- Journal club critique
- Open Access
Free cortisol levels should not be used to determine adrenal responsiveness
© BioMed Central Ltd 2004
- Published: 13 December 2004
Hamrahian AH, Oseni TS, Arafah BM. Measurements of serum free cortisol in critically ill patients. NEJM. 2004;350:1629-38.
Because more than 90 percent of circulating cortisol in human serum is protein-bound, changes in binding proteins can alter measured serum total cortisol concentrations without influencing free concentrations of this hormone.
Patients with presumably normal adrenal function but decreased cortisol-binding proteins will have lower-than-expected concentrations of serum total cortisol but appropriately elevated free cortisol levels.
Measurement of serum free cortisol concentrations will identify patients with normal or even increased adrenal function, who, on the basis of low total cortisol concentrations, would otherwise have been incorrectly considered to have adrenal insufficiency.
Medical, surgical, and cardiac ICUs and general medical ward of a tertiary care U.S. academic medical center.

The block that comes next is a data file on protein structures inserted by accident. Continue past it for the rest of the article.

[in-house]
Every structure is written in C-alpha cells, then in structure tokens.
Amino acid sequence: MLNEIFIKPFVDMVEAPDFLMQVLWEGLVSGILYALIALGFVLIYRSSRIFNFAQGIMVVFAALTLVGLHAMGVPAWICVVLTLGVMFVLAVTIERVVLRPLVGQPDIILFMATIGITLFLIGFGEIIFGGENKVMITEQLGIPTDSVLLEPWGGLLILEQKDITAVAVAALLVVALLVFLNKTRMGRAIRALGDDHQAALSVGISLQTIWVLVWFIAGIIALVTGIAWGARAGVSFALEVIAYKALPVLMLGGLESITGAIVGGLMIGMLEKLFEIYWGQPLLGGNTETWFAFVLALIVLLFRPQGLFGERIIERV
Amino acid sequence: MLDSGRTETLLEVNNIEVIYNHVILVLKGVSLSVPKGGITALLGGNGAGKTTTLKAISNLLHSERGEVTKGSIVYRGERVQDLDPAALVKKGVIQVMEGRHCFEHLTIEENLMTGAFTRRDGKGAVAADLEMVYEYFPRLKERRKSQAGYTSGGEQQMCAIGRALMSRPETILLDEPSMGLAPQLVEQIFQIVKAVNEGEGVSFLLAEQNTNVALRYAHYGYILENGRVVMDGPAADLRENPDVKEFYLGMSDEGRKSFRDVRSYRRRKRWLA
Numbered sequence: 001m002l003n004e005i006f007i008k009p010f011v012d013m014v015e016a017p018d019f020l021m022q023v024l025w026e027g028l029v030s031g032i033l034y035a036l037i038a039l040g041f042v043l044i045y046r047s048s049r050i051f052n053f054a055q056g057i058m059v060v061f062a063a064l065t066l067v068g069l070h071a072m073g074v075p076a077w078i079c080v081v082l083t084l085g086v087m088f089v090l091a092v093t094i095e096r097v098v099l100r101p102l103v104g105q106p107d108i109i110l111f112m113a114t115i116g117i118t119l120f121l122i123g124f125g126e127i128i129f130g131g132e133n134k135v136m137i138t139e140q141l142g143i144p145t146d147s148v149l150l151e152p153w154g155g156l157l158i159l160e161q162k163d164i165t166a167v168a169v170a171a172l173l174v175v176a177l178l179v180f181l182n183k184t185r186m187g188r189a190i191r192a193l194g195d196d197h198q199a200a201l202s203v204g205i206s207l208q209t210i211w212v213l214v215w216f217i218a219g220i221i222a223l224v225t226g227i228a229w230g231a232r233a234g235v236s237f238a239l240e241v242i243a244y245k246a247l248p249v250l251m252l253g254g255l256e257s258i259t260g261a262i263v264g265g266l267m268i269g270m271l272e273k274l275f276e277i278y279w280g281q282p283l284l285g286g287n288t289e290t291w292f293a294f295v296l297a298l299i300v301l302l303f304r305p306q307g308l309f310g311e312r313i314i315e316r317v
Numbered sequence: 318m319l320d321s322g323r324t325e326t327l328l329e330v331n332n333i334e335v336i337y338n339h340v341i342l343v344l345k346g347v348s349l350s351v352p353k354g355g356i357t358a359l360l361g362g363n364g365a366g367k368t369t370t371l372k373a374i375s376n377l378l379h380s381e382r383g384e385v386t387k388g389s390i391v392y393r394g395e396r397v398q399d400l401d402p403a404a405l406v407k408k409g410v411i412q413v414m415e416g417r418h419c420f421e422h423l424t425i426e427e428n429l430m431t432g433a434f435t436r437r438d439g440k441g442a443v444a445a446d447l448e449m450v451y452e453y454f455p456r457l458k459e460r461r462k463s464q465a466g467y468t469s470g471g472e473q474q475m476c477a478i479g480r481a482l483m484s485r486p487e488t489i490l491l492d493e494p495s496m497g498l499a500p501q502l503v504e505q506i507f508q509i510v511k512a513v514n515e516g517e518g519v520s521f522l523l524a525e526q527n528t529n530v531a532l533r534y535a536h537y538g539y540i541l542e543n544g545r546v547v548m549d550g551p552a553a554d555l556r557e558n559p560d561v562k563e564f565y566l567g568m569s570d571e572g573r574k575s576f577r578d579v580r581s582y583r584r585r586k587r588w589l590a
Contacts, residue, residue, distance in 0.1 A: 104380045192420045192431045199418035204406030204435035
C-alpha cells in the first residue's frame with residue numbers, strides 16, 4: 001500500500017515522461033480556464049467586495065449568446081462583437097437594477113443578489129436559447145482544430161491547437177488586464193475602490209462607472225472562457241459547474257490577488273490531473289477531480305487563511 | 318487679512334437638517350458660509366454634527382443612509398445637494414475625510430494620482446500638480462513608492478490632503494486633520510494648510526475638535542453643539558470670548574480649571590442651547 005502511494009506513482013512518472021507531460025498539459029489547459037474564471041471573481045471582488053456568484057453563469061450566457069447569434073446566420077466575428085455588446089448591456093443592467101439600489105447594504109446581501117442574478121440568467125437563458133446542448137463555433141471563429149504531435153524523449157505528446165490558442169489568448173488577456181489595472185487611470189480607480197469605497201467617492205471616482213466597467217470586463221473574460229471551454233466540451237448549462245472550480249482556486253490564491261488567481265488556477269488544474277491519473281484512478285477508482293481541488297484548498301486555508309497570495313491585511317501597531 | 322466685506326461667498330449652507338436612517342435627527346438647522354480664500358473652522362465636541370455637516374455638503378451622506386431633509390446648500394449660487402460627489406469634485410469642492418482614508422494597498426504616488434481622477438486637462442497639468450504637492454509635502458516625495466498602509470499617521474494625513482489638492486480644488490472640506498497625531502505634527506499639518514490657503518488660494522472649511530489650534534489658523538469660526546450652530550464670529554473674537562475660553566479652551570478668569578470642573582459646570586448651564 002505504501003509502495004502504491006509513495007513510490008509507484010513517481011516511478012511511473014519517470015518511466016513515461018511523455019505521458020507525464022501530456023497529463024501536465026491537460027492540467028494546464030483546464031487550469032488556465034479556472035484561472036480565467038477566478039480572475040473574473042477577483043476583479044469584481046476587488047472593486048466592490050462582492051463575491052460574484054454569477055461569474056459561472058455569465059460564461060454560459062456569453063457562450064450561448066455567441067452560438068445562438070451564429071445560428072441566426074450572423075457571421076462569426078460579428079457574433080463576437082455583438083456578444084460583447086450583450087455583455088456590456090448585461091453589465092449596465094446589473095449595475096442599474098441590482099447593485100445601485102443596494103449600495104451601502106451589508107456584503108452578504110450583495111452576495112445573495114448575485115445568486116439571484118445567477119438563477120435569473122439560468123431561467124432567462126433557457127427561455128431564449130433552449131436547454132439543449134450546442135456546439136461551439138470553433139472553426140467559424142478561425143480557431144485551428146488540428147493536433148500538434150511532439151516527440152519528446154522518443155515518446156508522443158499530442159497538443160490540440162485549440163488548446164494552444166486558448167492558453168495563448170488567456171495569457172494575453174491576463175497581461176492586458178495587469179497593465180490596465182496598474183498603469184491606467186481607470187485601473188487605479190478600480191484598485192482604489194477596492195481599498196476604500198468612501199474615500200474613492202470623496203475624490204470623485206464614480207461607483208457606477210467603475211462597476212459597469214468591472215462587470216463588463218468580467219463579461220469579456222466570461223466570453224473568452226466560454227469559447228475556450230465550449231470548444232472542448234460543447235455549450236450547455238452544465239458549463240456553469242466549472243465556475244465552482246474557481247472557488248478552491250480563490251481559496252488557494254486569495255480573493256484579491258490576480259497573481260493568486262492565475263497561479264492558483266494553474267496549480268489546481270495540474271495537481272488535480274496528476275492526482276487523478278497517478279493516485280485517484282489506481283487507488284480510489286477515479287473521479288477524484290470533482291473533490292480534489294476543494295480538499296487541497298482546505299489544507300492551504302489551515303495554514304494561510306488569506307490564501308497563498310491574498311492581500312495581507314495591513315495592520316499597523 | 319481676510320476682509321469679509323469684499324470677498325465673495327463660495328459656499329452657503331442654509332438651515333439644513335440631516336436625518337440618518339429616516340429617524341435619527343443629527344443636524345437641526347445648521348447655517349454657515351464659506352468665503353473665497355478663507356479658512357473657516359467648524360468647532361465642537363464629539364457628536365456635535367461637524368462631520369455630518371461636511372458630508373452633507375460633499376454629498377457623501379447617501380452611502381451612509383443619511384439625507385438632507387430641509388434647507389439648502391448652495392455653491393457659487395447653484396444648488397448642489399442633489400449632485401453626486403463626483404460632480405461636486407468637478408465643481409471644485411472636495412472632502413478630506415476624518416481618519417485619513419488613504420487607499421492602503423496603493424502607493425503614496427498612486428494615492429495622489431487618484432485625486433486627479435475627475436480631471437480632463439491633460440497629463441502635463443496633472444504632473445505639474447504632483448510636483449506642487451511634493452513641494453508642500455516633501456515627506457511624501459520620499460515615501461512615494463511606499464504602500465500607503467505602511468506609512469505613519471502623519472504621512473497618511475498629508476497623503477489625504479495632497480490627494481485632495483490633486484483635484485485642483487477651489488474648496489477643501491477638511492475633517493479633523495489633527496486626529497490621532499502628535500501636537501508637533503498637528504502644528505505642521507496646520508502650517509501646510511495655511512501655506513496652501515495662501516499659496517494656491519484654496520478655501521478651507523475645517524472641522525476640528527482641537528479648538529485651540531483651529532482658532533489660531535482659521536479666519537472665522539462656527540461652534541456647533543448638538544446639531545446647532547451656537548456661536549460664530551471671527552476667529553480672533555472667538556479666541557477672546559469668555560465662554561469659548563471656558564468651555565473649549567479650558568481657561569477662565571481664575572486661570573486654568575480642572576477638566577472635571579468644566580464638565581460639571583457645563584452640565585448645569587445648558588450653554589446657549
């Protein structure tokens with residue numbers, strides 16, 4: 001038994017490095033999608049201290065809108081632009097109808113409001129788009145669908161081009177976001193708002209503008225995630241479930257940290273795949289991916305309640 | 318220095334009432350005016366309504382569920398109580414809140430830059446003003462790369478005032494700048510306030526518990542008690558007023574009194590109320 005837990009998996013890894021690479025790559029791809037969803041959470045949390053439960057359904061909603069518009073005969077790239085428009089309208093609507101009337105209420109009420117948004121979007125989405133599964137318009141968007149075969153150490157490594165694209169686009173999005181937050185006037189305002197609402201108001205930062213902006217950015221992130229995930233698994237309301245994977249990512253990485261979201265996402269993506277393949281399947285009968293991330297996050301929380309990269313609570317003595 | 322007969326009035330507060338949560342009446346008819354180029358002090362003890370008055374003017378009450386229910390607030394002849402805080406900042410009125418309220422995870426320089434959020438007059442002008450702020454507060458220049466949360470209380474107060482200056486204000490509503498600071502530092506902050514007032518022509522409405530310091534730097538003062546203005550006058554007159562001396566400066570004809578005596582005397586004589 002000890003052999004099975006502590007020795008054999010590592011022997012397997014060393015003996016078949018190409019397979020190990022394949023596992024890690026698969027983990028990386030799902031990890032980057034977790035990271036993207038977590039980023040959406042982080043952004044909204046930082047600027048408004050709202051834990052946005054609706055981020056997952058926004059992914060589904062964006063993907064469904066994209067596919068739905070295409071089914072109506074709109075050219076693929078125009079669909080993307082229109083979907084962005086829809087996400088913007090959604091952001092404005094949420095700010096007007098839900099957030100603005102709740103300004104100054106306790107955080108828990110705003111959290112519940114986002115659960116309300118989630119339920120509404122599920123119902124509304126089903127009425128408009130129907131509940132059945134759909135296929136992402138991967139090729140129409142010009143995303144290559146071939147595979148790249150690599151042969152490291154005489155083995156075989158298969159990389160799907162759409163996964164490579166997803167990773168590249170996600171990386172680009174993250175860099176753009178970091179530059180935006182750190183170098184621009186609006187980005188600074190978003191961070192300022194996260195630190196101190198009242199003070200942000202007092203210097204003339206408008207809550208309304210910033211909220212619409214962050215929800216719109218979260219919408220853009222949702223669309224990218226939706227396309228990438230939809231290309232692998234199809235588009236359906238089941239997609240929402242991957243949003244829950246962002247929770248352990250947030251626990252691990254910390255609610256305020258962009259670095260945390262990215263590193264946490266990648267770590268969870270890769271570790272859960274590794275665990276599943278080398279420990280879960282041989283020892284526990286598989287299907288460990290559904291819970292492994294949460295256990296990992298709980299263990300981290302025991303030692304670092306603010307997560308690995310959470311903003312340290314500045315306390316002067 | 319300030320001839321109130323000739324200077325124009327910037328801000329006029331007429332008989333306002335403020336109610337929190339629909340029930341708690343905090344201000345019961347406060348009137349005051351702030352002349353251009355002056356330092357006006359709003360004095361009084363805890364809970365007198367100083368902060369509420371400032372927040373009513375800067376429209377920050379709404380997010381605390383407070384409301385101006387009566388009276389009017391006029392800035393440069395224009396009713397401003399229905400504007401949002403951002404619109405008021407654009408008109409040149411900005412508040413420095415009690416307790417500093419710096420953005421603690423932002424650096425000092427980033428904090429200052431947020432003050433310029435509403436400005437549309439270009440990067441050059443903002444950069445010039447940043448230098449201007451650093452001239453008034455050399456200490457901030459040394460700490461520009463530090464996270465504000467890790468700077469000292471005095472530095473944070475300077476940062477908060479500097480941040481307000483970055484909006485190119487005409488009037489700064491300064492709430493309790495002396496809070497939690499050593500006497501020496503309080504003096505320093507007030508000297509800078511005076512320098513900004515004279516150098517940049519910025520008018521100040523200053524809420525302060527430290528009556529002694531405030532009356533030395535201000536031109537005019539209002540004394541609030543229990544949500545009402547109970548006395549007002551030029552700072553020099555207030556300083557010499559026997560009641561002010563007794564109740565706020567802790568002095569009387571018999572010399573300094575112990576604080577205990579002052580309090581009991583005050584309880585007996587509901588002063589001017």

Patients and Measurements
Baseline serum total cortisol, cosyntropin-stimulated serum total cortisol, aldosterone, and free cortisol concentrations were measured in 66 critically ill patients with an APACHE score of 15 or higher, 33 healthy volunteers, and 7 patients with adrenal insufficiency secondary to hypopituitarism. Patients were further divided into two groups based on their serum albumin concentrations of ≤ 2.5 g/dL (low albumin group, n = 36) or >2.5 g/dL (normal albumin group, n = 30).
Baseline and cosyntropin-stimulated serum total cortisol concentrations were significantly lower in the low albumin group than the normal albumin group. However, serum free cortisol concentrations were similar in the two groups and were several times higher than the values in healthy controls. Fourteen of thirty-six (39%) low albumin patients had subnormal cosyntropin stimulated total cortisol concentrations, consistent with a traditional diagnosis of adrenal insufficiency. These same patients had high-normal or elevated serum free cortisol concentrations.
Nearly 40 percent of critically ill patients with hypoproteinemia had subnormal serum total cortisol concentrations, even though their adrenal function was normal. Measuring serum free cortisol concentrations in critically ill patients with hypoproteinemia may help prevent the unnecessary use of glucocorticoid therapy.
Until CORTICUS is completed, we recommend that a) all patients in septic shock with ≤ 9 μg/dL total cortisol response to corticotropin stimulation receive low-dose corticosteroids, and b) free cortisol levels should not be used to determine adrenal responsiveness.
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